- The Duty of Loyalty: Imposes on the board a duty to protect the interests of the corporation and an obligation to refrain from conduct which would injure the corporation and its shareholders. Directors must avoid any conflict between duty and self-interest. Full allegiance to the corporation’s best interest is required (over the board members’ own interests).
EVALUATION: The duty of care applies here. The board has a duty to evaluate all available options when it comes to promoting the best interest of the company and its shareholders. Does the company have a reasonable use for $137 billion in cash and marketable securities (likely higher now that we’re six weeks into the new quarter)? Would returning a larger share of that cash promote the best interest of shareholders? Think about the fact that Apple generated $40 billion in free cash flow (after all expenses, R&D, capital expenditures, etc.) in calendar year 2012 alone. If they had zero dollars in the bank on January 1, 2012, they would have ended it with over $40 billion. Why do you need $137 billion in the bank if you expect to generate an additional tens of billions each year?
These are all questions that Apple’s Board must constantly assess and evaluate. It doesn’t necessarily mean that they must distribute this cash back to shareholders. But it is completely unreasonable for investors to expect that the Board does not constantly evaluate this.
INVESTOR EXPECTATIONS: So as investors, we all must reasonably expect that Apple’s Board is constantly evaluating the distribution of additional cash back to shareholders. The Board said last year (when they initiated a dividend) that the company has more cash than it needed. If that was the case then, when they reported $97 billion in cash and marketable securities, how could they NOT be looking at ways to return additional cash to shareholders? We view the Board’s press release as old news.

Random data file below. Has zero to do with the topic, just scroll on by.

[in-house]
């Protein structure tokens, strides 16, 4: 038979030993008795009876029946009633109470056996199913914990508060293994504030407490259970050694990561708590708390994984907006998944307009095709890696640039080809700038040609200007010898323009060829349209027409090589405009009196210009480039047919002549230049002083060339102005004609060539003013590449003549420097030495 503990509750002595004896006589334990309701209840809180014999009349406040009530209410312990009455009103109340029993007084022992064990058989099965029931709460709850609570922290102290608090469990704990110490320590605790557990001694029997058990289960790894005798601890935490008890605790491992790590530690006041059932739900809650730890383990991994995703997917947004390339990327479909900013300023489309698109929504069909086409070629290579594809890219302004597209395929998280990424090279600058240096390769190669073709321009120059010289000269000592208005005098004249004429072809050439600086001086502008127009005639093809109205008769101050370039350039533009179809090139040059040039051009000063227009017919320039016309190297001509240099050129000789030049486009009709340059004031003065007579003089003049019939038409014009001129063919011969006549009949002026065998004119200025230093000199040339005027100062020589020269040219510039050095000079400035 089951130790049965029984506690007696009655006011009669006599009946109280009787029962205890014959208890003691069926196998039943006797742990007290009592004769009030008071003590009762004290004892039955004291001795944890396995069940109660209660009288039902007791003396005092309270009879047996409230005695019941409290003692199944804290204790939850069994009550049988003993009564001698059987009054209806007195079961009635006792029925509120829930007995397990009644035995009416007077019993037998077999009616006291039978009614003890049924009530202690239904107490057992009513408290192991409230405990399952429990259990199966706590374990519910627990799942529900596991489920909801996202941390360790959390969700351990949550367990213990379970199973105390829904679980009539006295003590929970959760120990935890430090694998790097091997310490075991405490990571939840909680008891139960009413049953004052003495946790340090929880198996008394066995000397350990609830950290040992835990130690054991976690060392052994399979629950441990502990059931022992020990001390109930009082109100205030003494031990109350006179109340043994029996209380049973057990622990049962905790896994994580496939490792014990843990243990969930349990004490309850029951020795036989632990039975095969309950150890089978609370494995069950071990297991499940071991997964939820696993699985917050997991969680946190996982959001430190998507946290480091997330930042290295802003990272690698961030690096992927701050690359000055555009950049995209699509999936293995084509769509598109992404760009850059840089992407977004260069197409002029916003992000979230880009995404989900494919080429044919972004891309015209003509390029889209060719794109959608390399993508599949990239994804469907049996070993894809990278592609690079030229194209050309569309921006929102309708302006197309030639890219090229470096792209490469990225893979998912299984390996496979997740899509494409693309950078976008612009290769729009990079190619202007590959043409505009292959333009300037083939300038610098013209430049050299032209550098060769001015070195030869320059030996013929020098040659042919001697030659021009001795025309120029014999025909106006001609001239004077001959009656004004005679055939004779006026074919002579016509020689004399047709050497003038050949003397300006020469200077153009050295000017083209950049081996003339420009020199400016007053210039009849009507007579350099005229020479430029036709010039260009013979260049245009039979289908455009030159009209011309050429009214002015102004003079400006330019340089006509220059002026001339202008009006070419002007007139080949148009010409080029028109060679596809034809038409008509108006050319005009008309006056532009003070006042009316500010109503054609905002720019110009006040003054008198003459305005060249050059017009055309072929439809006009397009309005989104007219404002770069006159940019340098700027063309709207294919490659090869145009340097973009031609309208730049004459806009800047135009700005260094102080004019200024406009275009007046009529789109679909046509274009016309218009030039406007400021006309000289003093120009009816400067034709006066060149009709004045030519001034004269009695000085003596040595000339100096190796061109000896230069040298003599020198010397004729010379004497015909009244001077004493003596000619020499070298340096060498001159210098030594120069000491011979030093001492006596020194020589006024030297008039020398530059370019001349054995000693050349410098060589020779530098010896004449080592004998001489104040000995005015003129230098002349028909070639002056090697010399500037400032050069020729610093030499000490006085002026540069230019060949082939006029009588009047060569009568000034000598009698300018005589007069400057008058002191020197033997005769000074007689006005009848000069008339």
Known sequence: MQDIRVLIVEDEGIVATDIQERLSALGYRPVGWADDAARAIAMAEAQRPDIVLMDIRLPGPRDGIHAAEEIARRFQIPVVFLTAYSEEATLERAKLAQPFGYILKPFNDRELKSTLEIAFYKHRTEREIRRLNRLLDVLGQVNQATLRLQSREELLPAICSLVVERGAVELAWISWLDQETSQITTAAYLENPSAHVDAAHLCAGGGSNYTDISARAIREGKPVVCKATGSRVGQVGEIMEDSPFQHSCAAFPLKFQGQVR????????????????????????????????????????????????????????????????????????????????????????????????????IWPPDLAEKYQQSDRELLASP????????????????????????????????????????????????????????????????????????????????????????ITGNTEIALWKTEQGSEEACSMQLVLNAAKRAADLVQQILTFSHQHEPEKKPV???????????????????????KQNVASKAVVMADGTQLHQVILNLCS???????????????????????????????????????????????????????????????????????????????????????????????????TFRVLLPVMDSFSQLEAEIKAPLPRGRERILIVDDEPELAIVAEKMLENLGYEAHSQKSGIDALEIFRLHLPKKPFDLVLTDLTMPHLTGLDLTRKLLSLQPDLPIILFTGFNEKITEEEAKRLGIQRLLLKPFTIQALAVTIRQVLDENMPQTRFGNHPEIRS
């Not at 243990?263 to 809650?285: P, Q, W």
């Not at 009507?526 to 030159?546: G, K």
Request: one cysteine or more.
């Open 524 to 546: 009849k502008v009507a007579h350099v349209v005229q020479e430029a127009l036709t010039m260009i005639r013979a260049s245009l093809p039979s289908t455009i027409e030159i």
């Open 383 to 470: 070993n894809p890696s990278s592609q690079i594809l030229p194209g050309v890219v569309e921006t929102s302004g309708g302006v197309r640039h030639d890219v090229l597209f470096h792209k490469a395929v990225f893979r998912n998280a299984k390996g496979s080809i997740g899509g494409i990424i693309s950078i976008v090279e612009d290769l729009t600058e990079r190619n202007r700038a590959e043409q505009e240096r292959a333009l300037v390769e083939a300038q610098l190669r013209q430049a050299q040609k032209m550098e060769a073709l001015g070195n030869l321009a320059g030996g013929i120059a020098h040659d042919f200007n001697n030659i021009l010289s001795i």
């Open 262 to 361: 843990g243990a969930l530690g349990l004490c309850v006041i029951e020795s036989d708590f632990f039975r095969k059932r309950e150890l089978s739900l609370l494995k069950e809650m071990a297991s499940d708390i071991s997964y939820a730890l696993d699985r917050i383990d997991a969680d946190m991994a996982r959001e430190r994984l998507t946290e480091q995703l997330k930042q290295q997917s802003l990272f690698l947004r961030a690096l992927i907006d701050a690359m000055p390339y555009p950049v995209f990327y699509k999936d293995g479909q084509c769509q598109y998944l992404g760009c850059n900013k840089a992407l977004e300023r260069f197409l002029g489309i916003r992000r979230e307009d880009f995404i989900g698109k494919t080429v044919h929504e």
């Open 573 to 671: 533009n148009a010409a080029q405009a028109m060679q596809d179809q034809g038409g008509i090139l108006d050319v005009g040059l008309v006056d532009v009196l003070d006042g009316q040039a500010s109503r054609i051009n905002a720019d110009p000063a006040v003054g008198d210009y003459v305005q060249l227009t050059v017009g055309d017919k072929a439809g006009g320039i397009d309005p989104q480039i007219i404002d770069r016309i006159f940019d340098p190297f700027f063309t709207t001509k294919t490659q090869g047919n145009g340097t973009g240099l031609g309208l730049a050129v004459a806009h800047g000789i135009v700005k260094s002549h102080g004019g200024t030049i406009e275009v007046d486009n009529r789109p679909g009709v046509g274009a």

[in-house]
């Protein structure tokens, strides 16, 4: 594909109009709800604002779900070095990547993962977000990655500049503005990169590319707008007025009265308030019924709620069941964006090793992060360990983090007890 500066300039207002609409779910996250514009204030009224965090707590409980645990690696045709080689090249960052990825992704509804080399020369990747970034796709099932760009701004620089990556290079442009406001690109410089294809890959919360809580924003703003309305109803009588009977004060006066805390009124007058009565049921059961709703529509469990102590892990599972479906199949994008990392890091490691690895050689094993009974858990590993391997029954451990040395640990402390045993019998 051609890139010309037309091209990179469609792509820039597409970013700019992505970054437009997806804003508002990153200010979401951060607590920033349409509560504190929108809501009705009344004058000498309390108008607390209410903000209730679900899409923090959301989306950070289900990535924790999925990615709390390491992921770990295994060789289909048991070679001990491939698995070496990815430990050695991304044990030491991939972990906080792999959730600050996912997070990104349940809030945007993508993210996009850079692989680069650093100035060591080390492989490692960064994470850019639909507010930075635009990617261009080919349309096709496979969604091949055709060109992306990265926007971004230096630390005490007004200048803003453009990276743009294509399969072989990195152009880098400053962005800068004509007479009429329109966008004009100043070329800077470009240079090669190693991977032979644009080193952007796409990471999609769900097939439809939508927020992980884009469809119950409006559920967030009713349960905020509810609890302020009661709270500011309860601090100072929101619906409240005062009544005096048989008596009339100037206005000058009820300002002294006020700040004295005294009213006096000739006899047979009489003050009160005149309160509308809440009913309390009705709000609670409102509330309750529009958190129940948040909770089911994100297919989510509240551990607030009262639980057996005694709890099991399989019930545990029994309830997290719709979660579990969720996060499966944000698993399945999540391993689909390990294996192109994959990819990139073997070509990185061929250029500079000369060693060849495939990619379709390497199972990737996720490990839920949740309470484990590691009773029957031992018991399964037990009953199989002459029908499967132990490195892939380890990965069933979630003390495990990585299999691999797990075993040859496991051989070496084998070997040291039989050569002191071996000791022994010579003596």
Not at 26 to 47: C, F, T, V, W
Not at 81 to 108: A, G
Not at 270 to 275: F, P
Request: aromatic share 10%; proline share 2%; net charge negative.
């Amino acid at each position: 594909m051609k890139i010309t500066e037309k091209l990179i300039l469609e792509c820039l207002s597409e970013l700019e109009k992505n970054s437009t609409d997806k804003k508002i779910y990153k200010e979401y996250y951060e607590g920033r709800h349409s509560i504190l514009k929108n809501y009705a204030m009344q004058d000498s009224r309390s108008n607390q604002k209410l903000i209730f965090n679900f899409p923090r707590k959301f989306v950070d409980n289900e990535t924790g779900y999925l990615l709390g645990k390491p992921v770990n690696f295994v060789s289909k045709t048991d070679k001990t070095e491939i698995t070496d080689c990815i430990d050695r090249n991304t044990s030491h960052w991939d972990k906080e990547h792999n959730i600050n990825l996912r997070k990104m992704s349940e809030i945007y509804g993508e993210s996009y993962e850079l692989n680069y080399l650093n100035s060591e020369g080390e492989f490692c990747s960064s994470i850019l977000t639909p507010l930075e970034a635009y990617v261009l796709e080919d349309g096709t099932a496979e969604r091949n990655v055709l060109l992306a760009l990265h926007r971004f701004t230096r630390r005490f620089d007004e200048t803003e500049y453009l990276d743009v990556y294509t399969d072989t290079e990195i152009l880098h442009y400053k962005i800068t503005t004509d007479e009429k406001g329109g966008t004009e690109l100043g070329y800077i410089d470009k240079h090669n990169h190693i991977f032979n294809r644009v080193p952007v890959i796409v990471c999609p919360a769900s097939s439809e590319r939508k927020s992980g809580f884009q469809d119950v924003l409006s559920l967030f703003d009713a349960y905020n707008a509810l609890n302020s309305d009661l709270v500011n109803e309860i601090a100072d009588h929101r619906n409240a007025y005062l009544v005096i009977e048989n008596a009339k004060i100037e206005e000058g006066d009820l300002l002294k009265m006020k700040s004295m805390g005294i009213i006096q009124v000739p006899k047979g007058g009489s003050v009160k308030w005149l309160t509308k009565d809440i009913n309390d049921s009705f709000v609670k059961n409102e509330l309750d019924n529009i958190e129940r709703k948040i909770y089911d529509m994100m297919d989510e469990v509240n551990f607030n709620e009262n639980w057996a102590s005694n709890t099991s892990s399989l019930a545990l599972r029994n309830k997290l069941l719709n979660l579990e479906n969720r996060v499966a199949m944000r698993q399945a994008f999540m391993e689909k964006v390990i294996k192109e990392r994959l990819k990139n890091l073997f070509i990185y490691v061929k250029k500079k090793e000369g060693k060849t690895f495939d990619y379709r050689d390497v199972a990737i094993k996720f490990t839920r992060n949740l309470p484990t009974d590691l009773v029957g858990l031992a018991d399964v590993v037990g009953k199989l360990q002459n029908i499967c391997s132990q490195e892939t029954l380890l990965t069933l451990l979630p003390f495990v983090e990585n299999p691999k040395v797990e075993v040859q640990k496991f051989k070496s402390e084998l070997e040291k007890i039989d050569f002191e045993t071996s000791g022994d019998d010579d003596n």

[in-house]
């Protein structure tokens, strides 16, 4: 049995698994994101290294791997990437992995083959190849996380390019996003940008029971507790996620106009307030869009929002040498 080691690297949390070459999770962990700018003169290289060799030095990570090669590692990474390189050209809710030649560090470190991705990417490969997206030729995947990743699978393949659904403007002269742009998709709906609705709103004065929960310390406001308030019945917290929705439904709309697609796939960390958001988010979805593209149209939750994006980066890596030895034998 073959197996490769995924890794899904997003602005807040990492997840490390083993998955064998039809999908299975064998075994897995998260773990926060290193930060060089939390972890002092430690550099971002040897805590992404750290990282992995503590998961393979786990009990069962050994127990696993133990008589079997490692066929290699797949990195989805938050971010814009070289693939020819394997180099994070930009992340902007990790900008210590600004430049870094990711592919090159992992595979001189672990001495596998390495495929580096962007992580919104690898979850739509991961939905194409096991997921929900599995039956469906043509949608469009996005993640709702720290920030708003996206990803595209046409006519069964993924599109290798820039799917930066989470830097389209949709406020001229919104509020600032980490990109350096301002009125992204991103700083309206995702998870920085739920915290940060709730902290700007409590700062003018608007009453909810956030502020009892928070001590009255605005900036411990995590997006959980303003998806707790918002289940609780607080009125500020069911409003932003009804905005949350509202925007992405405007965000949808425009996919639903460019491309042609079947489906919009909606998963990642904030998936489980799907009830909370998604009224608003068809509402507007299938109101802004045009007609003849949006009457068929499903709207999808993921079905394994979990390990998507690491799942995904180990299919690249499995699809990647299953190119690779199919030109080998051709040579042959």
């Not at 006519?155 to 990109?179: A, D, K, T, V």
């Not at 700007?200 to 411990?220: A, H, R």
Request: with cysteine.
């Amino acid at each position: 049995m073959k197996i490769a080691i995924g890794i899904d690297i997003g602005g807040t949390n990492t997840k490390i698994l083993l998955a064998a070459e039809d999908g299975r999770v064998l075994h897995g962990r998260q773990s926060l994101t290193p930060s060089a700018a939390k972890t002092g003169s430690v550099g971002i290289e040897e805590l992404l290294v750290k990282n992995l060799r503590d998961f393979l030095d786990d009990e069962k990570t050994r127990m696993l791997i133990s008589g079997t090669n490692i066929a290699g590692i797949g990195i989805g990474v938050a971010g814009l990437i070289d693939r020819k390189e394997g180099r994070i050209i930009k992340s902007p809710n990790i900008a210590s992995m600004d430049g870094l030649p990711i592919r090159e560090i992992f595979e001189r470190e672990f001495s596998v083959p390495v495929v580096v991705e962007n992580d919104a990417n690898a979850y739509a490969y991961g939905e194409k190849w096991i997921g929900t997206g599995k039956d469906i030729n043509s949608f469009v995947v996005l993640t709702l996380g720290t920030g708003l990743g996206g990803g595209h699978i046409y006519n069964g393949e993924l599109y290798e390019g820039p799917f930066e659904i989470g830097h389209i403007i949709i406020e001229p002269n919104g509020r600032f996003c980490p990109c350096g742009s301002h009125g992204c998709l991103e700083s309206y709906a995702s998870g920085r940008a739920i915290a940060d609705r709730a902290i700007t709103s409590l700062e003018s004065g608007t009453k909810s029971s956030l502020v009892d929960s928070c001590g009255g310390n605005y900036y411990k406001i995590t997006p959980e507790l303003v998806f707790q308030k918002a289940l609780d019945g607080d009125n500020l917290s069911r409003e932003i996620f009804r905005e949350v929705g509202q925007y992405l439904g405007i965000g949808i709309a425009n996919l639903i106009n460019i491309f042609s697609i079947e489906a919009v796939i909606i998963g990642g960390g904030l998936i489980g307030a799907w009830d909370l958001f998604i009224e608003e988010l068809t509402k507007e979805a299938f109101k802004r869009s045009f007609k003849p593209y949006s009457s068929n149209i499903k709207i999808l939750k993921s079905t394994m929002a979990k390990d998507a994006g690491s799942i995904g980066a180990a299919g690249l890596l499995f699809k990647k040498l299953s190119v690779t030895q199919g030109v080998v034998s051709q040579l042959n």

There’s nothing we didn’t know. “We find ourselves in the fortunate position of continuing to generate large amounts of cash.” Yes, we already know that. “As part of our review, we will thoroughly evaluate Greenlight Capital’s current proposal.” That’s not surprising, given the Board’s duty of care to evaluate available options to promote the best interests of the company and its shareholders. We’ve “been in active discussions about returning additional cash to shareholders” is the only meaningful sentence. However, given the fact that they described last year’s $97 billion as more than they needed, returning additional cash is to be expected. So what’s the deal?
MOMENTUM: It’s clear that Apple is not a “dead” stock, as many have mentioned. It’s been trashed and tarnished, with bears coming out of the wood works. But at any hint of good news, you see a rush of momentum into the name. While that momentum has been sold into during the entire four-month correction, what it makes crystal clear is this. There are an enormous number of investors and traders that are sitting on the sidelines just waiting to get back into Apple. Whether it be a fundamental reason, or a momentum play, we’re very likely to see a reason (any reason, really) for them to jump back in. It may not be this week or next. But it’s coming.